The many benefits of using Astragalus for your dog are truly endless.

The primary medicinal applications of astragalus include as an anti-inflammatory, as a hypotensive to lower blood pressure, as a blood cleanser, and as a hypothyroid to mildly depress functioning of the thyroid.

It is also generally used to boost resistance in dogs due to its high antioxidant components.

What & When to Use it

The mature roots of Astragalus are used in treatment options as infusions or tinctures. There are many commercial options of the Chinese supplement available as well.

  • astragulus 10 for dogsOne of the primary (and most popular) uses of astragalus is it’s ability to greatly improve immunity including respiratory system, spleen, liver, kidney and circulatory health.
  • Stimulates T-cell activity and raises white blood cell counts, boosting the body’s defenses against disease and illness by improving the function of the liver.
  • Astragalus strengthens kidney function and is highly recommended.  Considered a favorite treatment in early states of infection, kidney disease or renal failure.
  • Also recommended for dogs with cancer.
  • Astragalus has been used in some applications to boost energy levels in debilitated dogs and human beings, which is a big plus for those taking on serious diseases such as cancer and looking for a way to formulate some functional balance. Astragalus can be used to help regulate the body’s levels and help alleviate stress put on the system by disease.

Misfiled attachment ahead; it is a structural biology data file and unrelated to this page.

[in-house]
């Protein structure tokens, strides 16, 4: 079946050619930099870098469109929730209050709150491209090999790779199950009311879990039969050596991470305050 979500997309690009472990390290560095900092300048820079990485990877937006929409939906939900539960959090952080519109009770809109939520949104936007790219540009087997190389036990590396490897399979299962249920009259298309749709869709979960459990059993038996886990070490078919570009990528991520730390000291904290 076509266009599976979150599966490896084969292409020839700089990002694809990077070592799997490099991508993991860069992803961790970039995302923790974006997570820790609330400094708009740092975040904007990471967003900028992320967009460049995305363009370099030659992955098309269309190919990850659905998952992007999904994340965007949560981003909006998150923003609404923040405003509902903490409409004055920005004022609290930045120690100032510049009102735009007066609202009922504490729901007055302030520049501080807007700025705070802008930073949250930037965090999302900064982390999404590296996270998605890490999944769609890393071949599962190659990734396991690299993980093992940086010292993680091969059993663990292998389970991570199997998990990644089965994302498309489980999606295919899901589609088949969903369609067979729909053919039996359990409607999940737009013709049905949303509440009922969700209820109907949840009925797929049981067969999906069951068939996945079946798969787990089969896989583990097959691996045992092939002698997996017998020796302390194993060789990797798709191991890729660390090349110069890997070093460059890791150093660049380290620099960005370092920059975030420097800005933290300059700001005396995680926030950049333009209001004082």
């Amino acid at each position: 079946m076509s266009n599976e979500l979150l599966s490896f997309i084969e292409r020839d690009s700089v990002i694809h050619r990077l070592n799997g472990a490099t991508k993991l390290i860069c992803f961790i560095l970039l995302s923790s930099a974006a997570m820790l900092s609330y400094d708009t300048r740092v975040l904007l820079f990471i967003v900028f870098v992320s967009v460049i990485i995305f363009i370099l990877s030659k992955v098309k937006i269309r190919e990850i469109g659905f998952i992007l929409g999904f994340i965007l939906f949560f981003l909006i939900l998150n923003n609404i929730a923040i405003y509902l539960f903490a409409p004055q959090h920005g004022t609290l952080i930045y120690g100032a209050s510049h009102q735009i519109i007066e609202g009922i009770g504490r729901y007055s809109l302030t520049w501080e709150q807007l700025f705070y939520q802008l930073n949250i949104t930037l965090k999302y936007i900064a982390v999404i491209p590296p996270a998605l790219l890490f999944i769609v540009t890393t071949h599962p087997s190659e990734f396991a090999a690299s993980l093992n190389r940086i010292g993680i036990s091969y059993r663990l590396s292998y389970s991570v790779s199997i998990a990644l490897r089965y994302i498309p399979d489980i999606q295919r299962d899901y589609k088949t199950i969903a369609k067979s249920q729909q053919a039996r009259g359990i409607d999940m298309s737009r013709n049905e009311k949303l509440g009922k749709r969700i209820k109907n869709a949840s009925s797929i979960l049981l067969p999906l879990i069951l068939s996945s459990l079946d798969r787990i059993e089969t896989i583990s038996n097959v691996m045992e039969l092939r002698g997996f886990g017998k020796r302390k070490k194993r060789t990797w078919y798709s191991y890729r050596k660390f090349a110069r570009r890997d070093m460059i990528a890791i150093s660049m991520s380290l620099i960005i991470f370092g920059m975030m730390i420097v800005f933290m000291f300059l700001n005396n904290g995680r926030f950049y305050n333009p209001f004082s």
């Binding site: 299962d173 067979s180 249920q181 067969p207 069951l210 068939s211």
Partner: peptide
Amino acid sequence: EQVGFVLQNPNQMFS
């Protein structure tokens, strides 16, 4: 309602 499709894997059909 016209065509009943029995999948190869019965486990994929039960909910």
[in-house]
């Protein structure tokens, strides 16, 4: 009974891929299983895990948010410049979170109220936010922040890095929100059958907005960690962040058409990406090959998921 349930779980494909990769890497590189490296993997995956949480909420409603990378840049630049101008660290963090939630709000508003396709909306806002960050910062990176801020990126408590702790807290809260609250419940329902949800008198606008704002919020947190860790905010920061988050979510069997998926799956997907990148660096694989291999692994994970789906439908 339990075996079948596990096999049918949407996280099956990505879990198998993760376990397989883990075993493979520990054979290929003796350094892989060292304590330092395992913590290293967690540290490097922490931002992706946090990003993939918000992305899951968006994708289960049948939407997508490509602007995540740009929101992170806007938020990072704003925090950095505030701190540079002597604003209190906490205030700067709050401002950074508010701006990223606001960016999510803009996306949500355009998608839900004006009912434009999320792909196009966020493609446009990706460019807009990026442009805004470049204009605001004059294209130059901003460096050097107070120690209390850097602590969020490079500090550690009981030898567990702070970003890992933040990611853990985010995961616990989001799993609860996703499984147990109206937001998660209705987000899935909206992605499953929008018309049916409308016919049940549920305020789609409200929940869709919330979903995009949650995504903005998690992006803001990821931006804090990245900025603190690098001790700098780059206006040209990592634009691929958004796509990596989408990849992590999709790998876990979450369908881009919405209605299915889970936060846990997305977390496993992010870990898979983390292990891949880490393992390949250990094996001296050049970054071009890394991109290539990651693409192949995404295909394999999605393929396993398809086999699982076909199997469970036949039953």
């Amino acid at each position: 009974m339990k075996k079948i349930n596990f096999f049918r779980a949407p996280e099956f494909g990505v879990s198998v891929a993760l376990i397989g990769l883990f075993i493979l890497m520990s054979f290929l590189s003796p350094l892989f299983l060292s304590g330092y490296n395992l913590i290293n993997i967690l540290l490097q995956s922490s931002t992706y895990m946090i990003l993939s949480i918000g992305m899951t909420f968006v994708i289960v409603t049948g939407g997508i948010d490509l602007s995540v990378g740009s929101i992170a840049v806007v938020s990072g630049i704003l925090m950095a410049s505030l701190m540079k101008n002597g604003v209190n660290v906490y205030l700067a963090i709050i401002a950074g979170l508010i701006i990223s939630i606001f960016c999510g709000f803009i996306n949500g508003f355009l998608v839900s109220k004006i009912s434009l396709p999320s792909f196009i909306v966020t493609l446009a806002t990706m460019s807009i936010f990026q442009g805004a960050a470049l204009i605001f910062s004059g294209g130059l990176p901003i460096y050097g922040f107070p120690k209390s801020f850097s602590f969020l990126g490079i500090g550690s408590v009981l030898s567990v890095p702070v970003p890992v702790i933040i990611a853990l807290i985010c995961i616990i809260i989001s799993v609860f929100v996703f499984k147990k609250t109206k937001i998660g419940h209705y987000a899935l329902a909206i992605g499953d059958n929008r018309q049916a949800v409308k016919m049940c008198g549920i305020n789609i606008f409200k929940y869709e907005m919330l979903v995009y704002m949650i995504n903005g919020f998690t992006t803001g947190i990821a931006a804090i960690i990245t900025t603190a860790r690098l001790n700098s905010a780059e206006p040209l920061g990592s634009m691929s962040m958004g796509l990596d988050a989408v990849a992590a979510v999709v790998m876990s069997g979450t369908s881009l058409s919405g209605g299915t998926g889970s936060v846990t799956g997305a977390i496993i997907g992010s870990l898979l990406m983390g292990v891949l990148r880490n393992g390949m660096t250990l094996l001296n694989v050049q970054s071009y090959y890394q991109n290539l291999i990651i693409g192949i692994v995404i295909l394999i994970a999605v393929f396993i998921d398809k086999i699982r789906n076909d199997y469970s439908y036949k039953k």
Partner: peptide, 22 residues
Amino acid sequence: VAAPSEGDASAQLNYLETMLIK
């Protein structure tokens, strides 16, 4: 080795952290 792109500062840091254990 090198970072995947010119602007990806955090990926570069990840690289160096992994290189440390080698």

safely using astragalus for dogs


Seven Forests Astragulus 10 is considered top of the line by most Chinese Herb Practitioners.  See the guide below.  Depending on the severity of the disease, give your dog the recommended dosage 2-3 times daily.

  • Dogs weighing under 25 pounds: 1/2 – 1 tablet
  • Dogs 25-50 pounds: 1-2 tablets
  • Dogs over 50 pounds: 2-3 tablets

Preventative Measures

Using astragalus is generally considered quite safe, but some species of it are toxic to grazing animals. Roots, powders and preparations should only be purchased from reputable dealers like Seven Forests! Astragalus is considered a category 1 herb which means it is a safe “food” herb.

There is also a concern over selenium in some soils, as a higher concentration of it can be found in some soils where astragalus grows. If you plan on planting your own astragalus, it’s best to have your soil testing for selenium before you get started.

While many say to avoid this herb for auto immune disorders such as hypothyroidism or diabetes; it’s believed that it may help hyperthyroidism.  For hypothyroidism and diabetes, a safe alternative in this case may be Red Ginseng.  Read the comments below for dosage for the red ginseng.

Reasons to Use

Obviously the most popular reason to use astragalus is as an immune booster. It is available in most health food stores and can be rather easy to grow on your own if you’re into that sort of thing.

For those interested in the easier path to health, there are quite a few immune boosting products on the market that include a healthy dose of astragalus for dogs, but the best option is using a product like the one I mentioned earlier.

how to use astragalus root for dogsAstragalus History

Astragalus is actually a member of the pea family with divided leaves and small flowers and pods. The herb has been cultivated throughout much of the world, but it originated in China.

In that it has been used for thousands of years as a piece of traditional Chinese medicine, its commercial value is considerable and it has been marketed heavily in combination with other herbs.  It is a perennial that blooms from spring to the early summer.

As mentioned above, mature roots, at least three years old or older, are the parts of Astragalus used in medicinal applications that are an excellent addition to your dog’s regimen.